Chronic or excessive pain can lead to depression, fatigue, outbursts or aggressive behavior and takes a toll on a person’s quality of life. That’s why out of control pain should not be a part of aging, healing or dying.
Timothy Corbin, M.D. is a hospitalist who specializes in hospice and palliative care. He says fear of often prevents clients from taking the right medications to ease their pain.
“Sometimes pain relief medications have scary names, which makes family members or patients want to avoid them,” explained Dr. Corbin. But the fear is needless, he commented. Management of pain should be part of in home care services to seniors, whether provided by a hospice company, home health agency or physician who makes house calls.
Dr. Corbin explained that pain is the most common symptom of illness, and that unrelieved pain interferes with healing and diminishes quality of life. Sadly, he said that many dying patients continue to suffer from unrelieved pain during their last months of life. He also pointed out a 2007 Meta-Analysis which found pain present in 64% of patients with advanced cancer. Additionally, he sited a JAMA study which said that 25% of long term care patients who complain of pain receive no treatment.
The good news is that most pain during the terminal phase of life can be controlled relatively easily. Dr. Corbin cited prescribing Morphine on a 24 hour schedule as one of the basic techniques of pain control in a palliative setting.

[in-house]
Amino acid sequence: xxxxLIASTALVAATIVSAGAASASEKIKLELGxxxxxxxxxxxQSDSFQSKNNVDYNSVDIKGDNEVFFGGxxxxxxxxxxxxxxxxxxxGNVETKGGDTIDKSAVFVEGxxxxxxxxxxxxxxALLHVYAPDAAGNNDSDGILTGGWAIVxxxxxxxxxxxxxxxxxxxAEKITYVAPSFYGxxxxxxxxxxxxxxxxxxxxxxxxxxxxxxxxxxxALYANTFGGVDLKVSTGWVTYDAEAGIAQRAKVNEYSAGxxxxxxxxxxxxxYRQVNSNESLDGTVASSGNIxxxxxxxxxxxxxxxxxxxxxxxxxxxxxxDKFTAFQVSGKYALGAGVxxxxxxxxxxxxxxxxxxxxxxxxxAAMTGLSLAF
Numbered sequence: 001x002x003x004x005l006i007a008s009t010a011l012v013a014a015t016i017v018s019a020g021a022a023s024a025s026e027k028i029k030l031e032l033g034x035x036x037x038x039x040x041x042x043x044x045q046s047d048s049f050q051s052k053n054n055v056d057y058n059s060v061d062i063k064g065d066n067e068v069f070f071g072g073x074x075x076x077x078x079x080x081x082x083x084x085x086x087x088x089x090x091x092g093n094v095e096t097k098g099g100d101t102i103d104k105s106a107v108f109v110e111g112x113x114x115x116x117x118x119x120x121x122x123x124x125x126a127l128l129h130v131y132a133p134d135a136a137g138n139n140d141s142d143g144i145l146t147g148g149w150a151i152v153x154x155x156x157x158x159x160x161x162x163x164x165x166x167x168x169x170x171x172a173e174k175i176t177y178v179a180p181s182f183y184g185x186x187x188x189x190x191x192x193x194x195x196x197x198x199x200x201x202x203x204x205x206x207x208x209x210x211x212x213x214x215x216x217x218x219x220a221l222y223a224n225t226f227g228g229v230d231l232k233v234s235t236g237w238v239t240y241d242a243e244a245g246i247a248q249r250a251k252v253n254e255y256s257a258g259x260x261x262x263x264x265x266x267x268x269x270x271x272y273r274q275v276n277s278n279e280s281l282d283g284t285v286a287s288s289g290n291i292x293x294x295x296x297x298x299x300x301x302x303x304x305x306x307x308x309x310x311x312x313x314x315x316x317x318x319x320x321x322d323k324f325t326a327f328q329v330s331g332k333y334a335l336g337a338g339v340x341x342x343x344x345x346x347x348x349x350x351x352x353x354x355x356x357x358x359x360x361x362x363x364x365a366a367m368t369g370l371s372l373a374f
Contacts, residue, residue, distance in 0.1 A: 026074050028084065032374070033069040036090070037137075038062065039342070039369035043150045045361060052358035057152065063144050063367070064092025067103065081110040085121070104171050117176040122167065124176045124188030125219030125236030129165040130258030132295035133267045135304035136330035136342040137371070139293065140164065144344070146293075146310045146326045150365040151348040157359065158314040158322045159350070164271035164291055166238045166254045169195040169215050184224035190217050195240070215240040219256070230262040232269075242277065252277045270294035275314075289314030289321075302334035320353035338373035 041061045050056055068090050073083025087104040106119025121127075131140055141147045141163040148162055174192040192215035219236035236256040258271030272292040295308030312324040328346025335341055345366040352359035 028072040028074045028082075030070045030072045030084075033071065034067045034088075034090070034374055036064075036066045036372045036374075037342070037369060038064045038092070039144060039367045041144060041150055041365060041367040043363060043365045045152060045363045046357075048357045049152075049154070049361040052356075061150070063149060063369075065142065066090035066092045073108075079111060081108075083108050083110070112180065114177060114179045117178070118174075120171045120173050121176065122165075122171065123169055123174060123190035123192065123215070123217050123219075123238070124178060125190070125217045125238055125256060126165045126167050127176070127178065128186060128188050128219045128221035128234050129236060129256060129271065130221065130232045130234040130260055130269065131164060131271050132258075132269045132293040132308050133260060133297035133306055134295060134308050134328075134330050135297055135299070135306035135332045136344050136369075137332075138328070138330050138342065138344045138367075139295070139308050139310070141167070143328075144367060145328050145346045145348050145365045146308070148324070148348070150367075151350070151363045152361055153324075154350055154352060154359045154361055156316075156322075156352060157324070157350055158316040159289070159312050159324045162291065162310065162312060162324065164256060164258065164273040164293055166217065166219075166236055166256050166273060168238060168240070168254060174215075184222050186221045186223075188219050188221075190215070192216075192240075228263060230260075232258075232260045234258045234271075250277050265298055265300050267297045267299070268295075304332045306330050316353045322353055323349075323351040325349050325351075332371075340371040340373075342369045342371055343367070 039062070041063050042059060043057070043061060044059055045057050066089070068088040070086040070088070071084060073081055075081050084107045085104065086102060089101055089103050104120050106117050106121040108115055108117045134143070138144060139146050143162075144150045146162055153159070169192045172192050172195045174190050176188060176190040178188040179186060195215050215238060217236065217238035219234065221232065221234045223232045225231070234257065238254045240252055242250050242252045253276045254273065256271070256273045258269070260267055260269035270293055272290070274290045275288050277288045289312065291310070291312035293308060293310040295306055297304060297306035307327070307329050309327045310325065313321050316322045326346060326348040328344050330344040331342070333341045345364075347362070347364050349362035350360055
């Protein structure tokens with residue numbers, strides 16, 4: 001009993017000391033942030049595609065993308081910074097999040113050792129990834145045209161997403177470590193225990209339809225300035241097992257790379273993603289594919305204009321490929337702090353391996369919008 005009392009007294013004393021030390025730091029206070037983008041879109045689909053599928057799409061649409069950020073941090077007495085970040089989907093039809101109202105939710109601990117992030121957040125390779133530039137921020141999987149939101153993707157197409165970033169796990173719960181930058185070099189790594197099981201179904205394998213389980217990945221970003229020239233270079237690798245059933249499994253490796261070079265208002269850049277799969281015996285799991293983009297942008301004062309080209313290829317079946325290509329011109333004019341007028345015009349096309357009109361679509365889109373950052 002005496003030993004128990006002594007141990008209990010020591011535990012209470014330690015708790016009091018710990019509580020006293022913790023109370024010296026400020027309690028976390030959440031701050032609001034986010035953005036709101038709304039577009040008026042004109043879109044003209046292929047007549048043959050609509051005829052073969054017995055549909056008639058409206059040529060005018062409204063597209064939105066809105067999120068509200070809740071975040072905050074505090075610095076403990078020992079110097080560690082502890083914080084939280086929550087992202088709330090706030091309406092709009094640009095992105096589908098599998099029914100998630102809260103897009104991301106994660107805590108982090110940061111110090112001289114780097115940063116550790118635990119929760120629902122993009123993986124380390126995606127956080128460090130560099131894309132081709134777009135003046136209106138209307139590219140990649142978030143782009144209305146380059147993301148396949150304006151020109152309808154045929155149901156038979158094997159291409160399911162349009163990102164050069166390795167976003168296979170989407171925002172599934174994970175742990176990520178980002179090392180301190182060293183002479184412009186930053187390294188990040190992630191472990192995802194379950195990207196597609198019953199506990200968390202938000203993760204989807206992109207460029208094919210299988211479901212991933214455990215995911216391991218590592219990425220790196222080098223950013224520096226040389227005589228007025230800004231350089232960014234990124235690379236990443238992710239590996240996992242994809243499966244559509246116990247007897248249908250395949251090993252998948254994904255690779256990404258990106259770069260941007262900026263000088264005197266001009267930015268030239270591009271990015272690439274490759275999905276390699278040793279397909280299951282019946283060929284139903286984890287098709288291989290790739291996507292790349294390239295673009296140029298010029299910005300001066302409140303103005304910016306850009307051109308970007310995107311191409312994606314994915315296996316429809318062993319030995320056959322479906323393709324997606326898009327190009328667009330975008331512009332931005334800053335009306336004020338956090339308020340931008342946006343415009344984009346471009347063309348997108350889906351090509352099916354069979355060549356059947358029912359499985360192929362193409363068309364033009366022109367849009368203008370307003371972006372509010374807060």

Other non-pharmaceutical options are increasingly important to manage pain as part of in home care services for seniors. Options might include light massage, music therapy, aromatherapy, bringing in a service animal and using cooling packs to soothe areas of the body.
A study in the National Institutes of health reported that therapies once considered “alternative” such as acupuncture, mindfulness meditation, yoga and relaxation have become accepted forms of symptom management with clinical trials demonstrating efficacy for pain and physical function.
Physical activity has benefits including less pain, better sleep, better circulation with adds to cognitive function. It’s believed that physical activity is beneficial for many chronic illnesses that may cause pain including cardiovascular disease, Type 2 diabetes, obesity and cancer.
Pain management can be part of around-the-clock homecare or visit care and can help a client perform activities of daily living. Pain management also helps with fall prevention and may soothe behaviors or outbursts of a client receiving dementia care.
Any treatment, whether including medications or more homeopathic means, should be discussed with the client’s doctor. But someone who is in pain should speak up and get help.